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Thread: New Wheelchair Automatically Senses 'Push' Required

  1. #1

    New Wheelchair Automatically Senses 'Push' Required

    Introduction of INDEPENDENCE(TM) iGLIDE(TM) Manual Assist Wheelchair Revolutionizes Category With New Technology


    New Wheelchair Automatically Senses 'Push' Required,

    Increases Mobility of People With Disabilities

    WARREN, N.J., Jan. 28 /PRNewswire/ -- Independence Technology, LLC, a Johnson & Johnson company, today announced the March availability of the INDEPENDENCE(TM) iGLIDE(TM) Manual Assist Wheelchair. The iGLIDE(TM) Manual Assist Wheelchair operates similarly to a conventional manual wheelchair, but uses proprietary technology to supplement user input power. To the user, the iGLIDE(TM) Manual Assist Wheelchair feels like a much lighter chair moving over a flat, smooth surface regardless of the terrain. Sensors and microprocessors provide motorized assistance, requiring much less effort from the user than required in a traditional manual wheelchair.

    To move with the iGLIDE(TM) Manual Assist Wheelchair, the user simply pushes the handrims as if propelling a standard manual wheelchair. The patented technology of the iGLIDE(TM) Manual Assist Wheelchair monitors both the user's input and the resulting motion, determining the appropriate level of additive power to provide a similar feel even when ascending or descending ramps or crossing resistive terrain such as grass or soft carpet. To the casual observer, there is little perceived difference when viewing the contemporarily designed iGLIDE(TM) Manual Assist Wheelchair, compared to a regular manual wheelchair. To the iGLIDE(TM) Manual Assist Wheelchair user, however, there is a remarkable difference.

    Bodies Benefit from Reducing Stress and Strain of

    "Manual Wheelchair Syndrome"

    The iGLIDE(TM) Manual Assist Wheelchair was developed to assist people with varying forms of mobility disorders ranging from arthritis, multiple sclerosis and muscular dystrophy, paraplegia and tetraplegia, and may relieve and/or reduce the risk of "manual wheelchair syndrome," -- repetitive stress injuries, such as rotator cuff and carpal tunnel syndrome, which are common problems among manual wheelchair users. The iGLIDE(TM) Manual Assist Wheelchair also provides an option for wheelchair users looking to sensibly protect and preserve upper body strength and function for years to come.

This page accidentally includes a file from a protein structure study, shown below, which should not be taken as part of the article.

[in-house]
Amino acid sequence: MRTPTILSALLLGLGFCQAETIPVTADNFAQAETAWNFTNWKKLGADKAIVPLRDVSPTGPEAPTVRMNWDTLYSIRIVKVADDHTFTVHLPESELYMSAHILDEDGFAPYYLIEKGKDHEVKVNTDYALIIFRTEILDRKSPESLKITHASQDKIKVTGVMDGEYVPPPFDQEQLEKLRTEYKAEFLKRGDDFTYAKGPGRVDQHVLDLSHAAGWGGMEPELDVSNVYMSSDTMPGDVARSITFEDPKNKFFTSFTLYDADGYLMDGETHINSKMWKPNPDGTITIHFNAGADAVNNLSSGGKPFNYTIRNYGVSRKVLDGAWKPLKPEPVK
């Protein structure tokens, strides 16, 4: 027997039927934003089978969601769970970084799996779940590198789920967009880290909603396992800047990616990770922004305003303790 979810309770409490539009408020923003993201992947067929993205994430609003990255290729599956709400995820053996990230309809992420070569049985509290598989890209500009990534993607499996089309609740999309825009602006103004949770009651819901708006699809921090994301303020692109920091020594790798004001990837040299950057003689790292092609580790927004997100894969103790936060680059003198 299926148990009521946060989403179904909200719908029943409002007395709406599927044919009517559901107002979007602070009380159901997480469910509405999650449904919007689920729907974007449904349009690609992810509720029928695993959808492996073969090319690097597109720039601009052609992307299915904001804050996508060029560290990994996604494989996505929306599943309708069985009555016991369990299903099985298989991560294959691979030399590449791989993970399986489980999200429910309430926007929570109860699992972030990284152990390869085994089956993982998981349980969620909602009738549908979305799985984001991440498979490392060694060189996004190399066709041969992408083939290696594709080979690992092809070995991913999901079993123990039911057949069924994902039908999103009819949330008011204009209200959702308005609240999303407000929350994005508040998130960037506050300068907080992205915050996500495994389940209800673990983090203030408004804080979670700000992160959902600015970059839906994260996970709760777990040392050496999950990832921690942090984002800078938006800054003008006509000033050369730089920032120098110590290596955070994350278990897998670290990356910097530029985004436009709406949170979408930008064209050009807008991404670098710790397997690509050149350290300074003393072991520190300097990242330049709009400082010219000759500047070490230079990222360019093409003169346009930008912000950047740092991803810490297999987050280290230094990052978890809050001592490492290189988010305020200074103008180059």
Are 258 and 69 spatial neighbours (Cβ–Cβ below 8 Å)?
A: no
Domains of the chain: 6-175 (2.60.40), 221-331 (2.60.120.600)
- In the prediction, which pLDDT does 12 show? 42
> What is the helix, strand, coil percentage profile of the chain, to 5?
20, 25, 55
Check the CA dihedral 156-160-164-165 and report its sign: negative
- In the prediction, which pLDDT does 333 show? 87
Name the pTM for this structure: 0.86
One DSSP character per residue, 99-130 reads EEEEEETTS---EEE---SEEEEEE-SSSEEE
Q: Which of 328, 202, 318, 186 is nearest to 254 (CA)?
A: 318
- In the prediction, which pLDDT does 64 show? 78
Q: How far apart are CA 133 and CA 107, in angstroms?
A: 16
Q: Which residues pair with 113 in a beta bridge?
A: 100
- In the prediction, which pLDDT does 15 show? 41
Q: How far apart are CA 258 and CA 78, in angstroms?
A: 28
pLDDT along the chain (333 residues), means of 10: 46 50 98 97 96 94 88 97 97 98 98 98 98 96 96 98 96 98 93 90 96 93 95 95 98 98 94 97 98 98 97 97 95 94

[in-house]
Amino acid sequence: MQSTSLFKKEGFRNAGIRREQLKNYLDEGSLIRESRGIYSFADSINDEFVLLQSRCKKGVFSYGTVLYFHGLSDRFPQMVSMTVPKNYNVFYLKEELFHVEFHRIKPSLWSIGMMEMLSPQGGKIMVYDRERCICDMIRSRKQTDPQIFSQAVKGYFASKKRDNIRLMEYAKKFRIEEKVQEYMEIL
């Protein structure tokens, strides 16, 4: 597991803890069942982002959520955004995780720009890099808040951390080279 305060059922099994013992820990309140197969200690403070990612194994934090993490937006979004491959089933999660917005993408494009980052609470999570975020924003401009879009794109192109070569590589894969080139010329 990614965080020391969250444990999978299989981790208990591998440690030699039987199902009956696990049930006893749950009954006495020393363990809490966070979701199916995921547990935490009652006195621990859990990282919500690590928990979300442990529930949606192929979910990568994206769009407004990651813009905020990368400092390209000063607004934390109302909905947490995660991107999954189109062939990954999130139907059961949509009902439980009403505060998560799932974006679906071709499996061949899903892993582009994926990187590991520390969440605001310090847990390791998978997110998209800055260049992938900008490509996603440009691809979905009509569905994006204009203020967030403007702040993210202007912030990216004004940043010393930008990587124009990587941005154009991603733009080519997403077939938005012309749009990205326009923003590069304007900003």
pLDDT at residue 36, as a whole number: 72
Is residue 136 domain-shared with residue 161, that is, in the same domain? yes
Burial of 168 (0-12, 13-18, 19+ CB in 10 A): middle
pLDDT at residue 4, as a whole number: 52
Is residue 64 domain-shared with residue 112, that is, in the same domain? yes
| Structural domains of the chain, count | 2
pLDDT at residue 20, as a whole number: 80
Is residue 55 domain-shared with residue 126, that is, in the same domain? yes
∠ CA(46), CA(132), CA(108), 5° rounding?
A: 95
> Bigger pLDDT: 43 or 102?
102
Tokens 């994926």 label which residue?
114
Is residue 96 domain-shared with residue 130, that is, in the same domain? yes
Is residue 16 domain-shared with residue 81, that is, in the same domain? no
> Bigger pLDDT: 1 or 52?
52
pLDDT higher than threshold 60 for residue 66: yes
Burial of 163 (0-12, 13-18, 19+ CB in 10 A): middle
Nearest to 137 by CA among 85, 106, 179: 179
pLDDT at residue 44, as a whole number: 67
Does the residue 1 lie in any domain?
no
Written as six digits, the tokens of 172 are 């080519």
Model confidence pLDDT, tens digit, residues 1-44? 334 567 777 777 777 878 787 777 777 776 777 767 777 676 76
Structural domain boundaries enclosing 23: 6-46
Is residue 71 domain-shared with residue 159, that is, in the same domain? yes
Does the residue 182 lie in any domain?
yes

"The iGLIDE(TM) Manual Assist Wheelchair has the potential to allow users to get around their home, office or even outdoors safely, with much less strain or effort than in a manual wheelchair," stated Charles E. Levy, M.D., chief, PRMS, North Florida/South Georgia Veterans Health System. "For many, it even provides an attractive, meaningful alternative for the transition from manual to power chairs. By reducing muscular effort, heart rate and perceived exertion associated with 'wheeling,' the iGLIDE(TM) Manual Assist Wheelchair provides meaningful benefits for all users," Dr. Levy observed.

    Dr. Levy and colleagues tested the performance of the iGLIDE(TM) Manual Assist Wheelchair among eleven manual wheelchair users with a variety of medical conditions. Nine of 11 users in the study reported that the iGLIDE(TM) Manual Assist Wheelchair was easier to push on smooth surfaces and inclines compared to their manual chairs, and was thus preferable. The users anticipated that they would be more active in such a chair, with nine participants saying they would venture to new and different places in the community if they owned an iGLIDE(TM) Manual Assist Wheelchair. The study tested elder manual wheelchair users (average age 70.5 plus or minus 7.8 years). Dr. Levy and his colleagues are preparing to conduct a larger, longer-term study to examine the effects of the iGLIDE(TM) Manual Assist Wheelchair. "I expect the iGLIDE(TM) Manual Assist Wheelchair will benefit wheelers across disability categories, regardless of age," states Dr. Levy.

    "The range of people with disabilities is expanding," said Rory Cooper Ph.D., chair and professor of Rehabilitation Science and Technology, University of Pittsburgh School of Health and Rehabilitation Sciences. "For those who realize they can't go as far as they want -- or even go anywhere at all -- assistive technology offers a viable solution. In addition, baby boomers, with their expectations of remaining physically active even while they lose physical capability, represent a tremendous audience for assistive technology."

    Innovative, Lightweight Technology

    Independence Technology gained the iGLIDE(TM) Manual Assist Wheelchair technology through the November 2002, acquisition of DeltaGlide, Inc. of

    Hamden, Conn. The iGLIDE(TM) Manual Assist Wheelchair will retail for

    approximately $7,900, with a percentage of that cost expected to be

    covered by insurance.

    The iGLIDE(TM) Manual Assist Wheelchair maintains most of the features of a manual wheelchair while combining advantages currently only available in larger, heavier power wheelchairs. The contemporary design of the iGLIDE(TM) Manual Assist Wheelchair incorporates an unobtrusive, built-in, under-the-seat system that provides the user with discreet power assistance. At approximately 55 pounds, the iGLIDE(TM) Manual Assist Wheelchair was designed for easy transport, with quick-release wheels, battery removal and fold-down seatback.